Specialized’s venerable Stumpjumper has the distinction of being the world’s ﬁrst production mountain bike. Now more than a quarter of a century old, the Stumpjumper name has spawned an entire family of bikes over the years, but now adorns just two of Specialized’s ’09 ranges – the trail-orientated FSR full-sussers and the ‘competitive cross-country’ hardtails.
Ride & handling: Pocket rocket serves equally well as a weekend racer and fast all-day trailster
The Stumpjumper’s perfectly balanced weight distribution gives it that elusive blend of pace and comfort that deﬁnes the best all-round bikes.
Throw in the light, whippy frame and fast-rolling wheelset, and it’s easy to ﬁnd yourself riding this bike a gear or two higher than you’re used to.
The svelte frame trades some torsional rigidity for comfort, but that’s a good thing when you’re skipping through a rock garden quicker than you meant to.
It demands ﬁnesse and skill to get the best from, but this pocket rocket serves equally well as a weekend racer and fast all-day trailster.
specialized stumpjumper comp: Seb Rogers
Frame: Carefully manipulated aluminium combines light weight with impact protection
Our test Stumpjumper Comp is the baby of the range, but don’t let that put you off. It bears no resemblance to the original steel-tubed Stumpy from which it inherits its name, but like its illustrious predecessor, it uses the best current materials and frame building techniques.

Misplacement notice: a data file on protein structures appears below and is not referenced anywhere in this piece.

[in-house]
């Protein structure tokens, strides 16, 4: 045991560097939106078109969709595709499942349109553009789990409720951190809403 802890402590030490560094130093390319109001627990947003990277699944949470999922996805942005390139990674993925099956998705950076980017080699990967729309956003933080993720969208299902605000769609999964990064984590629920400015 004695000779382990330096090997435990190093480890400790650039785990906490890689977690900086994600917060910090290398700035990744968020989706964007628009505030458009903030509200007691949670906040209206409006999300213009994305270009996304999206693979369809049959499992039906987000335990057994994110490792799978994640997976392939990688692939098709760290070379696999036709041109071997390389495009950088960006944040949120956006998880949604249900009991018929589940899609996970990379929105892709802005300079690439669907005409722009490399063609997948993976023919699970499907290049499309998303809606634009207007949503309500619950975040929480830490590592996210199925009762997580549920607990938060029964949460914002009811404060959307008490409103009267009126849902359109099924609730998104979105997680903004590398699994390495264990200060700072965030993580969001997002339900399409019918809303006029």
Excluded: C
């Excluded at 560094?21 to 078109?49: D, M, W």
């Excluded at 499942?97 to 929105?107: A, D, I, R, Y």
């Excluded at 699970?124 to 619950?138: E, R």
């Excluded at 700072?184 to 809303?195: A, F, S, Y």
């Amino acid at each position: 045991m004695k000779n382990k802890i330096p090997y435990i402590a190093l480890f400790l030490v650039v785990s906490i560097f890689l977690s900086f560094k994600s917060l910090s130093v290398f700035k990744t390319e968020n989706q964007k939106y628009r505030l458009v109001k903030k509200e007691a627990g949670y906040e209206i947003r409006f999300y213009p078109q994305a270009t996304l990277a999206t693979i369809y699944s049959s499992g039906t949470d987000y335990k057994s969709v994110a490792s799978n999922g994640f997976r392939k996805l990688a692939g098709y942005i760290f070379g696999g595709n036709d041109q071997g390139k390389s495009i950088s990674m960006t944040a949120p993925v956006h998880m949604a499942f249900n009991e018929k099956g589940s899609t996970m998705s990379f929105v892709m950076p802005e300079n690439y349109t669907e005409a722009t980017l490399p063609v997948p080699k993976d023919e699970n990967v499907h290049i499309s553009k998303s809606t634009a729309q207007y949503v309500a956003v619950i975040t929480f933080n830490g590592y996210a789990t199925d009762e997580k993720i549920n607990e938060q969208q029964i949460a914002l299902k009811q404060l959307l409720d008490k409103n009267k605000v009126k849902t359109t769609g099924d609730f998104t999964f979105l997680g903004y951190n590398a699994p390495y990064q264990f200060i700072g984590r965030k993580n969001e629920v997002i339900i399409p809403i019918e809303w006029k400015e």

So, in place of the lugged steel tubes of the original we have a collection of welded, carefully manipulated thin-walled aluminium pipes.
Unlike some of its competitors, the Stumpy’s tube proﬁling is relatively subtle. Look closely, though, and it’s apparent how much thought has gone into paring weight, maintaining strength and improving usability.
The curved down tube reinforces the front end against hard impacts; bridgeless chainstays give massive mud clearance and a unique ‘shared tube’ arrangement at the top of the seatstays creates an elegant wishbone setup. And the whole package is remarkably light.
Elixirs add a touch of class to the spec list: Seb Rogers
Equipment: Tyres are the only immediate upgrade needed thanks to a solid spec
With a fairly standard set of components – Fox Float fork, Avid Elixir brakes, Shimano cranks, SRAM gearing and own-brand finishing kit – and a lightish pair of wheels from DT Swiss/Mavic, our test bike tips the scales at a little over 23lb – seriously impressive for a production bike at this price.
There’s little to quibble over in the spec bar the Specialized S-Works Fast Trak tyres, which certainly roll fast but don’t live up to their claim of not sacriﬁcing traction in typically slimy UK trail conditions.